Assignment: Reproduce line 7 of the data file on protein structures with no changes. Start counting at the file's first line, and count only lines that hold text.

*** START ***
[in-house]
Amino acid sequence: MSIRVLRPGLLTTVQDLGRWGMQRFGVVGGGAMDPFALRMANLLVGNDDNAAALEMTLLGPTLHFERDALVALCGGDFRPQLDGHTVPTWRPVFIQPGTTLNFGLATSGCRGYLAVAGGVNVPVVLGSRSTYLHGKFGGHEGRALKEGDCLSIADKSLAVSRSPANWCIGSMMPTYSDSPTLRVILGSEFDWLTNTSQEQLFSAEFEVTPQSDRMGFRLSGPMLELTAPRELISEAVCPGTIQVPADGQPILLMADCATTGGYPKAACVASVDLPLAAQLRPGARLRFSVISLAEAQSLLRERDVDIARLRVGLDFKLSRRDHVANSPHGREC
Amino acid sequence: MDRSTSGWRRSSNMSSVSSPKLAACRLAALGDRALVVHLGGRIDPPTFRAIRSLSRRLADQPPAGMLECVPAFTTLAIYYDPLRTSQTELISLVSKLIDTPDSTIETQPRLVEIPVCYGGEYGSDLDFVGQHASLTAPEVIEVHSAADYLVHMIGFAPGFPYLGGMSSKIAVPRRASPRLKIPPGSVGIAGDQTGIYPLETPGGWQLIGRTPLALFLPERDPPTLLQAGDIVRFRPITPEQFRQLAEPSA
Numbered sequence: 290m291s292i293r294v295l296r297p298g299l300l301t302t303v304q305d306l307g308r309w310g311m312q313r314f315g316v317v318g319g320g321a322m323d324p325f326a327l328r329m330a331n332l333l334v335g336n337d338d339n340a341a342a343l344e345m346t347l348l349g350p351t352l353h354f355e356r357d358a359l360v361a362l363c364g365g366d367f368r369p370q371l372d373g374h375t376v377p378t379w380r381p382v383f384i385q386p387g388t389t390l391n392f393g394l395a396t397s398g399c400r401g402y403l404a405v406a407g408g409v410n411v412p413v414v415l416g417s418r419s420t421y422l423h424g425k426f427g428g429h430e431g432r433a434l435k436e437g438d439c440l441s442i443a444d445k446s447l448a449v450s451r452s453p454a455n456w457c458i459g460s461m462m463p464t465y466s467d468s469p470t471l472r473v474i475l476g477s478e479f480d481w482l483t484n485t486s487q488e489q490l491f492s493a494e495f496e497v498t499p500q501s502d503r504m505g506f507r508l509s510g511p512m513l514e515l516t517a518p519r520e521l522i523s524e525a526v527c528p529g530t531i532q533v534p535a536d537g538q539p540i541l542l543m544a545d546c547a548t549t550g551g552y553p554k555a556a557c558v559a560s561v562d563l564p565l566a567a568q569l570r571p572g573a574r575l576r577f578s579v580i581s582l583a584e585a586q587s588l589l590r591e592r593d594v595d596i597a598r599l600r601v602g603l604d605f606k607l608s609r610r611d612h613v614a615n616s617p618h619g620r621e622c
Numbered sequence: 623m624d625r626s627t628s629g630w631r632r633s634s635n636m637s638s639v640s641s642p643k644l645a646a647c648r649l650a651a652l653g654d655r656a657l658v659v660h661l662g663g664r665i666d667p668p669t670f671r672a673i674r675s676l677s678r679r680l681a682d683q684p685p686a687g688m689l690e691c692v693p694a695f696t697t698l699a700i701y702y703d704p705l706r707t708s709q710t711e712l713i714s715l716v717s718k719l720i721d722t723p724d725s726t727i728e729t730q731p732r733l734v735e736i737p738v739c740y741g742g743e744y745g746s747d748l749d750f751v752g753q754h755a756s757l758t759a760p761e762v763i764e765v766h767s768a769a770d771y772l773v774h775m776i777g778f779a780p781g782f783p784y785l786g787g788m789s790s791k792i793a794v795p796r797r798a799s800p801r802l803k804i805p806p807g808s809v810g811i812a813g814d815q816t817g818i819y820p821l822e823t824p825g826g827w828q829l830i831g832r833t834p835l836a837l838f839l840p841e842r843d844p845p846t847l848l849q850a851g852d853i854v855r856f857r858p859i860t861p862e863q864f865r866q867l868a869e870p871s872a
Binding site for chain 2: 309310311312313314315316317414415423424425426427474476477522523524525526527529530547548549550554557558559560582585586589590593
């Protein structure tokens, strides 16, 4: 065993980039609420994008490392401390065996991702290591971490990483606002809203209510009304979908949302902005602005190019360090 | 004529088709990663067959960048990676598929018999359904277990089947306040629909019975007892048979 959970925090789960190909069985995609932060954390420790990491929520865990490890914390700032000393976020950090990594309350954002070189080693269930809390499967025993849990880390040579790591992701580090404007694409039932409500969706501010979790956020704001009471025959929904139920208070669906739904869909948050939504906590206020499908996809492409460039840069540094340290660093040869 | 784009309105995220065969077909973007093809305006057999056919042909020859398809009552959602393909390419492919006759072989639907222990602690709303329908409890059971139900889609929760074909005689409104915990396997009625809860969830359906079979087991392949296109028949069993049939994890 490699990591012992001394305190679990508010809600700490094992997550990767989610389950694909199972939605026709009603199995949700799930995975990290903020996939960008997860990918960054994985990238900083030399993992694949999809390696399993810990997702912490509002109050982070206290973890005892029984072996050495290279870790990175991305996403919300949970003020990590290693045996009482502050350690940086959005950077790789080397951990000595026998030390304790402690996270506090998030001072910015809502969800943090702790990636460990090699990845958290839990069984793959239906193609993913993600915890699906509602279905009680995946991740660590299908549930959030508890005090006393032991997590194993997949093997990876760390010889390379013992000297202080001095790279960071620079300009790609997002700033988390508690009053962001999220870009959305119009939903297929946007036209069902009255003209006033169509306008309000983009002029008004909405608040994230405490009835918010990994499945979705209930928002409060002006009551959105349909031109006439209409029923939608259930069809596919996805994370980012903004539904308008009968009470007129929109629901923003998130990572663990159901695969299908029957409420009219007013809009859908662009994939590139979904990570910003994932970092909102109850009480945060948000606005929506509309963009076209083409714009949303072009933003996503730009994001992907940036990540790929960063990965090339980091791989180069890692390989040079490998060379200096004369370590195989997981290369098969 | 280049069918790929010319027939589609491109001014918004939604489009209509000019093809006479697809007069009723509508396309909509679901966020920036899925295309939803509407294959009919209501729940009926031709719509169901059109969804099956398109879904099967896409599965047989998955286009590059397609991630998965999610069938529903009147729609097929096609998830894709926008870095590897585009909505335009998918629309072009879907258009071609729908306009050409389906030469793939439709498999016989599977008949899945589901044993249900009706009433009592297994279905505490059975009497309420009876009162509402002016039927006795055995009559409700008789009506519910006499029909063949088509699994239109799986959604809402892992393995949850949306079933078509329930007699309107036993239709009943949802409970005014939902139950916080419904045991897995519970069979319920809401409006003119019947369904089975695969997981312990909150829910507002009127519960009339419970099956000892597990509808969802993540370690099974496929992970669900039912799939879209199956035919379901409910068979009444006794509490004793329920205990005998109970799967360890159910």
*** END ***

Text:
């Protein structure tokens, strides 16, 4: 065993980039609420994008490392401390065996991702290591971490990483606002809203209510009304979908949302902005602005190019360090 | 004529088709990663067959960048990676598929018999359904277990089947306040629909019975007892048979 959970925090789960190909069985995609932060954390420790990491929520865990490890914390700032000393976020950090990594309350954002070189080693269930809390499967025993849990880390040579790591992701580090404007694409039932409500969706501010979790956020704001009471025959929904139920208070669906739904869909948050939504906590206020499908996809492409460039840069540094340290660093040869 | 784009309105995220065969077909973007093809305006057999056919042909020859398809009552959602393909390419492919006759072989639907222990602690709303329908409890059971139900889609929760074909005689409104915990396997009625809860969830359906079979087991392949296109028949069993049939994890 490699990591012992001394305190679990508010809600700490094992997550990767989610389950694909199972939605026709009603199995949700799930995975990290903020996939960008997860990918960054994985990238900083030399993992694949999809390696399993810990997702912490509002109050982070206290973890005892029984072996050495290279870790990175991305996403919300949970003020990590290693045996009482502050350690940086959005950077790789080397951990000595026998030390304790402690996270506090998030001072910015809502969800943090702790990636460990090699990845958290839990069984793959239906193609993913993600915890699906509602279905009680995946991740660590299908549930959030508890005090006393032991997590194993997949093997990876760390010889390379013992000297202080001095790279960071620079300009790609997002700033988390508690009053962001999220870009959305119009939903297929946007036209069902009255003209006033169509306008309000983009002029008004909405608040994230405490009835918010990994499945979705209930928002409060002006009551959105349909031109006439209409029923939608259930069809596919996805994370980012903004539904308008009968009470007129929109629901923003998130990572663990159901695969299908029957409420009219007013809009859908662009994939590139979904990570910003994932970092909102109850009480945060948000606005929506509309963009076209083409714009949303072009933003996503730009994001992907940036990540790929960063990965090339980091791989180069890692390989040079490998060379200096004369370590195989997981290369098969 | 280049069918790929010319027939589609491109001014918004939604489009209509000019093809006479697809007069009723509508396309909509679901966020920036899925295309939803509407294959009919209501729940009926031709719509169901059109969804099956398109879904099967896409599965047989998955286009590059397609991630998965999610069938529903009147729609097929096609998830894709926008870095590897585009909505335009998918629309072009879907258009071609729908306009050409389906030469793939439709498999016989599977008949899945589901044993249900009706009433009592297994279905505490059975009497309420009876009162509402002016039927006795055995009559409700008789009506519910006499029909063949088509699994239109799986959604809402892992393995949850949306079933078509329930007699309107036993239709009943949802409970005014939902139950916080419904045991897995519970069979319920809401409006003119019947369904089975695969997981312990909150829910507002009127519960009339419970099956000892597990509808969802993540370690099974496929992970669900039912799939879209199956035919379901409910068979009444006794509490004793329920205990005998109970799967360890159910």